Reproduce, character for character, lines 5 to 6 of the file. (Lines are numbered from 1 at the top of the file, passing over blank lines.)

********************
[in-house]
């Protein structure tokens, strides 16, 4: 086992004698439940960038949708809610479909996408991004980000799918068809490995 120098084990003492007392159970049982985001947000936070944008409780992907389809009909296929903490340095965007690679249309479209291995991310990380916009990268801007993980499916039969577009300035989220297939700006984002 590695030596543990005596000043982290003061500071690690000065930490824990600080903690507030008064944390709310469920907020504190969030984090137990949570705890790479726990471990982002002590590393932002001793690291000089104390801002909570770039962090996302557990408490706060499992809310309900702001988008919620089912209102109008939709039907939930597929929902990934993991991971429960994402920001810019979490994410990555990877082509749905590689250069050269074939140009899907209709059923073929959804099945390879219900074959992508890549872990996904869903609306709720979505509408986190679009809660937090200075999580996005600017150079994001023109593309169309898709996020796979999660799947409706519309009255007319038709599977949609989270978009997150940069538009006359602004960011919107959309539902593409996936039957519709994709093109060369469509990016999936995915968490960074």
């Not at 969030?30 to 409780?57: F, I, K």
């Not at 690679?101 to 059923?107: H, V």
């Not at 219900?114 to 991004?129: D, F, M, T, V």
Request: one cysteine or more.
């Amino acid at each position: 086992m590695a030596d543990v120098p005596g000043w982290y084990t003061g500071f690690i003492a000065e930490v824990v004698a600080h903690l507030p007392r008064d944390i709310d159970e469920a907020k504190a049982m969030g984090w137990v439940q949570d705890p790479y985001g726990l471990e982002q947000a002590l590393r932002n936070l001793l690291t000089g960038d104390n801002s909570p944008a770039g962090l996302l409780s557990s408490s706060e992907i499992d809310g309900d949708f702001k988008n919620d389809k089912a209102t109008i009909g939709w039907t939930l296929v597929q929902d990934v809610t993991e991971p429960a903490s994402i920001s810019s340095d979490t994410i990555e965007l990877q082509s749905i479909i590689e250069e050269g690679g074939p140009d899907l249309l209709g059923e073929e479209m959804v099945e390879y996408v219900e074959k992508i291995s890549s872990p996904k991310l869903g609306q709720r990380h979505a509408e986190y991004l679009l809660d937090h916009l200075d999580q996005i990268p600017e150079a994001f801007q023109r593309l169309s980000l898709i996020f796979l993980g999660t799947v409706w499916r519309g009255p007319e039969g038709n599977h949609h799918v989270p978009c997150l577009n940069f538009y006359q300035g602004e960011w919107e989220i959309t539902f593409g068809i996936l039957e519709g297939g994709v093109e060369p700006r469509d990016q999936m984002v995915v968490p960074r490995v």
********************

């Not at 219900?114 to 991004?129: D, F, M, T, V």
Request: one cysteine or more.